Number of Cannabis Cultivator Licenses in California Down Over 50% Since End of 2018
A review of licensing data from the California Department of Food and Agriculture’s (CDFA’s) CalCannabis Division, which licenses and regulates cultivators, shows a notable uptick in the number of annual and provisional licenses issued since early June. Meanwhile, it appears that the vast majority of temporary licenses in the state will be expired by the end of July.
As of June 26, 2,000 annual and provisional cultivation licenses have been approved by CDFA, a 28.3% increase from earlier in the month, when 1,559 had been issued as of June 4. 592 temporary cultivation licenses also remained active as of June 26, down sharply from over 1,050 earlier this month.
Overall, 2,592 cultivation licenses of all types remained active in California’s licensed system as of June 26. That figure is down by nearly 57% compared to just over 6,000 cultivation licenses of all types active at the end of 2018, although at the time all but a handful were temporary. As a result, the number of growers in the state that are able to sell their products into California’s regulated market legally has shrunk dramatically.
Furthermore, a greater percentage of California farmers should be tracking their plants and inventory using the state’s Cannabis Track-and-Trace system (CCTT). Annual and provisional licensees are required to use the CCTT, while temporary ones are not. Early this month, only about 60% of all active licenses were mandated to employ the CCTT. As of June 26, over three-quarters – 77%, to be specific – should now be using the statewide tracking software.
The proportion of farmers compelled to use the CCTT system should increase to nearly 100% by the end of July. As of June 26, 527, or 89%, of the 592 active temporary cultivation licenses were listed as “About to Expire,” meaning that they will do so within 30 days of the issuance of the report. Come August, only a few temporary cultivation licenses will remain valid, with most cultivators required to track their plants and inventory with the CCTT.
Increased adoption of the CCTT by growers could have divergent effects on available supply in California’s licensed market. While it is not impossible to divert product out of a legal cannabis system even when a track-and-trace system is present, increased state oversight makes cultivators using CCTT less likely to do so, keeping more inventory in the regulated market.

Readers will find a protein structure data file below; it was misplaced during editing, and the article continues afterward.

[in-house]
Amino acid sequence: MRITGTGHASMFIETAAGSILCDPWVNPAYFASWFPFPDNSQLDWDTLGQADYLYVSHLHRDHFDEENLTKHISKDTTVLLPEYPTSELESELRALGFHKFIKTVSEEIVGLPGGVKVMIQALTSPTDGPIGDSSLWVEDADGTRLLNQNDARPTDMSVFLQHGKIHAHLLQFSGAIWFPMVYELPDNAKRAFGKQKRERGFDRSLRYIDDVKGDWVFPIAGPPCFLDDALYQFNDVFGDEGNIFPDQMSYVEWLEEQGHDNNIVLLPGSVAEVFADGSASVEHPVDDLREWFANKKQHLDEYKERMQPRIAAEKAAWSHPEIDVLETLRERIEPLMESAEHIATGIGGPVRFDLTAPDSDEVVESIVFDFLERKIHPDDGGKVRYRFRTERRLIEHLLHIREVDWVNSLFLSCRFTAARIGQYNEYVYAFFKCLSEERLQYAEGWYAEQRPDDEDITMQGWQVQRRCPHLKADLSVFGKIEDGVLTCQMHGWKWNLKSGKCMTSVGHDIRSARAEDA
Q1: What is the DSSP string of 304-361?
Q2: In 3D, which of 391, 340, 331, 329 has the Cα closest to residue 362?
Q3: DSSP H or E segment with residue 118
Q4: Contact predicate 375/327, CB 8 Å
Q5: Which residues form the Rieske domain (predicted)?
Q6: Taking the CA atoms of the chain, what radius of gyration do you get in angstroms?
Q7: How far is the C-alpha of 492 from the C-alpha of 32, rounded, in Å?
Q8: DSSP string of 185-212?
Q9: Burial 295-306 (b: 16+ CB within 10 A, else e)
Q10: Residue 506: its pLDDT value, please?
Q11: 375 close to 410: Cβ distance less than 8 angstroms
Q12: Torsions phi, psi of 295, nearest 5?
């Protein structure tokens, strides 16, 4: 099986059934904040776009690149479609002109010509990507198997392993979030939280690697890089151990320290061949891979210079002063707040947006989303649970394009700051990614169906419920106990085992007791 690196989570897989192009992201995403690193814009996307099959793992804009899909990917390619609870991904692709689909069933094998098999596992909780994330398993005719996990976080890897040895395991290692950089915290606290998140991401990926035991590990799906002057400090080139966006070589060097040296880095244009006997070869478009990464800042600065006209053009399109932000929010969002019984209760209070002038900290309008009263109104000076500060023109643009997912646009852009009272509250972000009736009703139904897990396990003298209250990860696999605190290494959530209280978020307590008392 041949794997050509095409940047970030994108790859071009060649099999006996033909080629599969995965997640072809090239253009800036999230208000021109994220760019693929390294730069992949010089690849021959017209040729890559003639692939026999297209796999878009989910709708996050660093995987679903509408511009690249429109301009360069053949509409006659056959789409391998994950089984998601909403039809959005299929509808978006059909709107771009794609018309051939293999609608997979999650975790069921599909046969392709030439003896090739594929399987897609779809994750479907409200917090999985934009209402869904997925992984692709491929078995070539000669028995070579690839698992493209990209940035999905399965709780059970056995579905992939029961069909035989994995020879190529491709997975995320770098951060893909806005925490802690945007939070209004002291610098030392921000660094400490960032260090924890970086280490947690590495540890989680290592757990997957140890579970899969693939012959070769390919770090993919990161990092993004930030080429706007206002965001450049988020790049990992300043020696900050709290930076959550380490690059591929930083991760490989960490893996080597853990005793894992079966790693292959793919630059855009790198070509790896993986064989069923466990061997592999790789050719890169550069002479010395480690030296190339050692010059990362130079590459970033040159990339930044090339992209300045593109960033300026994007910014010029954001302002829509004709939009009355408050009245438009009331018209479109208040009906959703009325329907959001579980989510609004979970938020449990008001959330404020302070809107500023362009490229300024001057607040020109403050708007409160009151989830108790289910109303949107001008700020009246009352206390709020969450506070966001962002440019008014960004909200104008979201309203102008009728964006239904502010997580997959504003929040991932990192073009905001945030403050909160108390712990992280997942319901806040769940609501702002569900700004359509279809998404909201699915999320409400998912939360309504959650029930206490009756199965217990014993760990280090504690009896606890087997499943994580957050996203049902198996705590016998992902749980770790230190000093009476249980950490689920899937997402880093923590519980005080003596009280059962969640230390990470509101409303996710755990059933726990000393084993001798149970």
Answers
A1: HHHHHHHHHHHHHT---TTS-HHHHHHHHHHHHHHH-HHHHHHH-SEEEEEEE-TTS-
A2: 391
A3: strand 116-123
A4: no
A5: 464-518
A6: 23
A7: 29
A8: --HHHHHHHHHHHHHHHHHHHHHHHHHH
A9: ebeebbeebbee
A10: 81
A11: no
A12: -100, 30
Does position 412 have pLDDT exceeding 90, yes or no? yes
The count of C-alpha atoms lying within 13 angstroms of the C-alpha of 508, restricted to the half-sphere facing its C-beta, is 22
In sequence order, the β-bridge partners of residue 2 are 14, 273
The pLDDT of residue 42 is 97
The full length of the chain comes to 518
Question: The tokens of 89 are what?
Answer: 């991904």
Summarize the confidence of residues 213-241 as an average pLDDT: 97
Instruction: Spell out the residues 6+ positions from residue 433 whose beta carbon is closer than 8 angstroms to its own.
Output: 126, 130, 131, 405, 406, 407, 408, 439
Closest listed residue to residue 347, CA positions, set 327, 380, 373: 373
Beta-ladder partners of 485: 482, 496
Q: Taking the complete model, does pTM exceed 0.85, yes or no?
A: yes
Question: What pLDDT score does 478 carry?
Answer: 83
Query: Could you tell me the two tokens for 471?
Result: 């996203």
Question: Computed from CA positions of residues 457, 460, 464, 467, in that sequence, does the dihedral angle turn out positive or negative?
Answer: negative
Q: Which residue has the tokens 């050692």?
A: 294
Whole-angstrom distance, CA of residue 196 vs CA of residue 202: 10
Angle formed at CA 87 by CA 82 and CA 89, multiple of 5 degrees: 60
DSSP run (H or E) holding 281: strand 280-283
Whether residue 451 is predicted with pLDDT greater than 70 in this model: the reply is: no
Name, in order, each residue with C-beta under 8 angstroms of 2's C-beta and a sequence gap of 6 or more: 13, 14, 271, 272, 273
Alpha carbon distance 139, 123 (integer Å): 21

On the other hand, as larger proportions of growers adopt the CCTT, California officials can more easily check if product being taken in by distributors and sold to retailers is coming from a licensed source. Reports from market participants last year stated that unlicensed production was making its way into the state’s licensed system in the absence of CCTT, boosting the amount of supply available overall and decreasing wholesale demand for product from permitted producers.
It is possible that decreasing amounts of inventory from unlicensed sources entering California’s regulated market is contributing to the positive trend in wholesale prices in the state. Upward pressure on supply side rates would also presumably result from the smaller amount of sellers licensed compared to earlier this year, in addition to the fact that the production of permitted cultivators is typically more expensive, due to taxes, fees, and increased costs to operate in the regulated market generally.
Another factor applying upward pressure to our assessments of California wholesale prices is the increasing amount of transactions for pre-packaged product that are being observed. In general, pre-packaged inventory sells for higher rates on the wholesale market compared to analogous bulk flower. For example, we have received transaction data from a single seller in California showing that a pound of product pre-packaged into increments of 3.5 grams (an eighth of an ounce), can garner nearly double the wholesale price of the same flower sold in bulk.